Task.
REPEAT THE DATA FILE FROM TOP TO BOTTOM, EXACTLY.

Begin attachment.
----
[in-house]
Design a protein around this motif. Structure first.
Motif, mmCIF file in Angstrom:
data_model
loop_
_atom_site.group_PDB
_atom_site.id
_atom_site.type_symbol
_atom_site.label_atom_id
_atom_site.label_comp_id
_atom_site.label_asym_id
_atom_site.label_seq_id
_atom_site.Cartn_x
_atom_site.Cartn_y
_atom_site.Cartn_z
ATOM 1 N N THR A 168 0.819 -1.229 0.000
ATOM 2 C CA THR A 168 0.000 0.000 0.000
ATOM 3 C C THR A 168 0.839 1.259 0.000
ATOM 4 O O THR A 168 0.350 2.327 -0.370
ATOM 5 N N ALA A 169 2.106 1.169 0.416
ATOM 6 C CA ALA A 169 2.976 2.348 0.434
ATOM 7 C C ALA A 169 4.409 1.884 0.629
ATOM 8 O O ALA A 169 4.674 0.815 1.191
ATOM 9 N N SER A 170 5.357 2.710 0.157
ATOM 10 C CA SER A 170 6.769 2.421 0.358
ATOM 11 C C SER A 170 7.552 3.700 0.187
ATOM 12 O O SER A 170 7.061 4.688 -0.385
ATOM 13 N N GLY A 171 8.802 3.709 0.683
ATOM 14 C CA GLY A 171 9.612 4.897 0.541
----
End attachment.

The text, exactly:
[in-house]
Design a protein around this motif. Structure first.
Motif, mmCIF file in Angstrom:
data_model
loop_
_atom_site.group_PDB
_atom_site.id
_atom_site.type_symbol
_atom_site.label_atom_id
_atom_site.label_comp_id
_atom_site.label_asym_id
_atom_site.label_seq_id
_atom_site.Cartn_x
_atom_site.Cartn_y
_atom_site.Cartn_z
ATOM 1 N N THR A 168 0.819 -1.229 0.000
ATOM 2 C CA THR A 168 0.000 0.000 0.000
ATOM 3 C C THR A 168 0.839 1.259 0.000
ATOM 4 O O THR A 168 0.350 2.327 -0.370
ATOM 5 N N ALA A 169 2.106 1.169 0.416
ATOM 6 C CA ALA A 169 2.976 2.348 0.434
ATOM 7 C C ALA A 169 4.409 1.884 0.629
ATOM 8 O O ALA A 169 4.674 0.815 1.191
ATOM 9 N N SER A 170 5.357 2.710 0.157
ATOM 10 C CA SER A 170 6.769 2.421 0.358
ATOM 11 C C SER A 170 7.552 3.700 0.187
ATOM 12 O O SER A 170 7.061 4.688 -0.385
ATOM 13 N N GLY A 171 8.802 3.709 0.683
ATOM 14 C CA GLY A 171 9.612 4.897 0.541